1416 Ralapen Street, Roxboro, North Carolina 27573-4232.
For the past few years I’ve been involved in our great
hobby. I have admired, been amused and impressed by the ingenuity
and craftsmanship of different machines people ride around on at
engine and tractor shows.
During that time I have only seen a few ‘riders’ powered
by a Maytag engine and only one powered by the twin cylinder
engine. The 6-12 Maytag tractor owned by Dale Lutwig of Emmett,
Kansas (GEM Jan. 88) with six engines.
While reading the late Clayton Walker’s article about his
Maytag mini-tractor (GEM Feb. 89) I was inspired to build a
mini-tractor powered by a single Maytag twin cylinder engine. And,
like Clayton, I was told by several, that the twin was not powerful
enough to pull a vehicle. (It powered the Maytag Racer serial #935
and higher.) Some say it is 5/8 HP, others
say ? HP and even 1 HP, but whatever it is rated it’s not as
powerful as the ? HP single.
This mini-tractor is for my five year old daughter, Courtney,
and is designed for safety and simple operation. The engine is a
1940 Maytag twin using the stock fuel induction system and runs at
a constant speed eliminating the need for a throttle. The rear end
is from a mid-1950’s Craftsman tiller and is a worm drive type
that doesn’t coast when power isn’t applied thus
eliminating a brake. The right rear wheel and axle are drilled and
the pin removed so the tractor can be rolled around when it’s
not being driven. No transmission is used and mobility is
accomplished by two pedals, one for forward and the other for
reverse. Either has to be depressed and held to keep the tractor in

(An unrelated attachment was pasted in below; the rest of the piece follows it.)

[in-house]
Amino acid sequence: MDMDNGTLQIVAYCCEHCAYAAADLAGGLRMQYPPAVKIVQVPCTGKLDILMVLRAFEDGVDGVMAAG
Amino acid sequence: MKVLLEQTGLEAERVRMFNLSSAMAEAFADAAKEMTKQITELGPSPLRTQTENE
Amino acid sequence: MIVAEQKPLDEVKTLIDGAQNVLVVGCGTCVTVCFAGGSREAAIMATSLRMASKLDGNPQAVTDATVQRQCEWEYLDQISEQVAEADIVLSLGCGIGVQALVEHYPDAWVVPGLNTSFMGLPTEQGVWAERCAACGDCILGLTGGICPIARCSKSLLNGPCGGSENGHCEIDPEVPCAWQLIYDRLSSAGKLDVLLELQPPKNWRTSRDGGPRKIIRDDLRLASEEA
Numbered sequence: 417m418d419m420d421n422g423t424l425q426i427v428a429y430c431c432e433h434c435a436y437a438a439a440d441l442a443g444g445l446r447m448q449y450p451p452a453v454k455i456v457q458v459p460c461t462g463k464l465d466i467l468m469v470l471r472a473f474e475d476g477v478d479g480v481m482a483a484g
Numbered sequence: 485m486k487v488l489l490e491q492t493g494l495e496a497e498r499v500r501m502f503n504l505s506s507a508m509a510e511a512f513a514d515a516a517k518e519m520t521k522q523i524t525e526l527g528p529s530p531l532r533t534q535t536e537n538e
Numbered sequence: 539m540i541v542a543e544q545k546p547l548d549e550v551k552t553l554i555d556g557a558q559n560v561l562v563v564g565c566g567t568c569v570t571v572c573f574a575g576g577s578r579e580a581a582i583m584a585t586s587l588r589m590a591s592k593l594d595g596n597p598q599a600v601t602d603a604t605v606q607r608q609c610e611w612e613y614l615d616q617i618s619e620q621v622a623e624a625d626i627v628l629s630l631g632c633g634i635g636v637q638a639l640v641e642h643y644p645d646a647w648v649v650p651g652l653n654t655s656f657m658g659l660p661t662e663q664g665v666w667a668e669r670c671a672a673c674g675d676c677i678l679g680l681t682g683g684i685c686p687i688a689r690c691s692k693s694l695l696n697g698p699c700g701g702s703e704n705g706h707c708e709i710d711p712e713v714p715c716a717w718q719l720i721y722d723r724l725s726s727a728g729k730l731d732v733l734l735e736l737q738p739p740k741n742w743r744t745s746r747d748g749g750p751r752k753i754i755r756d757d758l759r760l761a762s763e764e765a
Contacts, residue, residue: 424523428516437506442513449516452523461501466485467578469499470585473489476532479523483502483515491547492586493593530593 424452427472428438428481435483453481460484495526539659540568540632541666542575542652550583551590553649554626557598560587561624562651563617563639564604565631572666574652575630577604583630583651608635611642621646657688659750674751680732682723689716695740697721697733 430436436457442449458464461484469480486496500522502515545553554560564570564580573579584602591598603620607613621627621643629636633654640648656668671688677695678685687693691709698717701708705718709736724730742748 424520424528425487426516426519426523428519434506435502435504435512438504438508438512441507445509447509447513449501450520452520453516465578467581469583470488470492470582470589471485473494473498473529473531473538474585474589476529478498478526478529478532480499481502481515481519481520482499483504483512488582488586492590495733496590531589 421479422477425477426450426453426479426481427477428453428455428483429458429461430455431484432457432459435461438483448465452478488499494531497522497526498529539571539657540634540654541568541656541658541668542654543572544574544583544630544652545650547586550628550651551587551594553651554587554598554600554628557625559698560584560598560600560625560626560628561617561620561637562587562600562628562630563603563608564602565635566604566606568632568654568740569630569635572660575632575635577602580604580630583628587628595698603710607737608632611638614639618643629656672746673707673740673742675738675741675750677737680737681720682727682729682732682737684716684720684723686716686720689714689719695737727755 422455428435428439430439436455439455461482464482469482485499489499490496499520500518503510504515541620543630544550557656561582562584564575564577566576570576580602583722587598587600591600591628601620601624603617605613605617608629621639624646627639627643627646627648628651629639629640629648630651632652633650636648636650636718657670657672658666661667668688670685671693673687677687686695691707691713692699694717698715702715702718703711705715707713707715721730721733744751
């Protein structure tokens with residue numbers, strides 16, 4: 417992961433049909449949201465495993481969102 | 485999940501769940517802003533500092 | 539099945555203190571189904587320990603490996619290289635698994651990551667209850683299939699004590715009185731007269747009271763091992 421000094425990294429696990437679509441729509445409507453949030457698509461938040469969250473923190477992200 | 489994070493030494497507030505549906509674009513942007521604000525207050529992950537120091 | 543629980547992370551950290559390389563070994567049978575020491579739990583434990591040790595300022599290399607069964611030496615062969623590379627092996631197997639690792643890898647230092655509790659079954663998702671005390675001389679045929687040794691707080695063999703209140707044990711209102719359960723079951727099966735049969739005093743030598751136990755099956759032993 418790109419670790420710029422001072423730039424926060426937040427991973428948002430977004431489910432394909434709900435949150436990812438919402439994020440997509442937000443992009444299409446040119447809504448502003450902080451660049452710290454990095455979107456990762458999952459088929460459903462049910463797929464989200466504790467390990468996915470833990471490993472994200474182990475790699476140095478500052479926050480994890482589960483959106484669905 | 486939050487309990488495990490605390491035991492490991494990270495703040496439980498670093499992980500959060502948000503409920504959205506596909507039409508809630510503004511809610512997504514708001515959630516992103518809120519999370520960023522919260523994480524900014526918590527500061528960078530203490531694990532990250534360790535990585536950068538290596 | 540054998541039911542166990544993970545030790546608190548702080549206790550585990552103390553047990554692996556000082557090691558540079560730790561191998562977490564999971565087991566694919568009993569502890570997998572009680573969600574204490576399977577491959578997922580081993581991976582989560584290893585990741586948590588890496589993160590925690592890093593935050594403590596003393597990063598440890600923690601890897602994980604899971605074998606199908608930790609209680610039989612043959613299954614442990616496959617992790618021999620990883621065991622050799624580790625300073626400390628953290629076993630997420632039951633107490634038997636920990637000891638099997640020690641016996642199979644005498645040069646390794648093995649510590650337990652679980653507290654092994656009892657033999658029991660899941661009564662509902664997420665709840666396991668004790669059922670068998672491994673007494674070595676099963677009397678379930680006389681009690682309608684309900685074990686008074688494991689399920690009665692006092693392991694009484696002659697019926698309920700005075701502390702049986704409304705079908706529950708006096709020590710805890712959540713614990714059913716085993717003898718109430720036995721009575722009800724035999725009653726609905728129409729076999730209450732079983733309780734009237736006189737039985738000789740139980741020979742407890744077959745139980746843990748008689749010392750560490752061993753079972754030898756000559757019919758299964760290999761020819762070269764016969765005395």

motion. The engine is coupled to a jackshaft on roller bearings by
a V belt, and the jackshaft to the rear end by a 4′
friction cone clutch with a 40:1 final gear ratio. The tractor runs
3-4 mph and Courtney can drive it safely among pedestrians.
Reverse is through a V belt, pulleys and bell cranks. Depressing
the left pedal tightens the belt between the clutch cover and the
pulley on the rear end input shaft.
Aside from the drivetrain most of the mini-tractor is scrap
metal or readily available at hardware and variety stores. The rear
end axle housings are 2 x 2? exhaust adapter pipe with fenders made
from a dishpan held onto the housings with shelf brackets. The hood
is a piece of 8′ stove pipe, the steering wheel from a riding
mower. Also the front end is made from a ?’ pipe tee, ?’
bolts and 5/8‘ around stock with 5’
ball-bearing lawnmower wheels.
Rear wheels are 13 x 5.00 x 6 from a Roto-tiller with tractor
type tires. Radiator is for looks only and cut from a piece of
automobile air conditioner condenser and the Maytag emblem cut from
.065 brass sheet with a scroll saw.
Ignition uses the Maytag points and condenser, Harley-Davidson
coil and an ATV 12 volt battery. The ignition switch is a toggle
switch that also lights an illuminated doorbell push button which
operates a horn mounted under the hood next to the coil. The
illuminated push button indicates if the ignition switch is on.
The larger than normal steering wheel and the backrest seat
aren’t your usual tractor type but my little girl needs the
leverage for the 1:1 steering and something to push against to get
her 40 pounds onto the pedals. Courtney drives her tractor with
confidence and can maneuver it very well. She is really looking
forward to next year’s show season with her new tractor.
Length 46′, Width 25′, Height 28′, Weight 105 lbs.;
Wheel Base 32′, HP 5/8@ 1000 r.p.m.; Gear
ratio 40:1; Top Speed 3-4 MPH.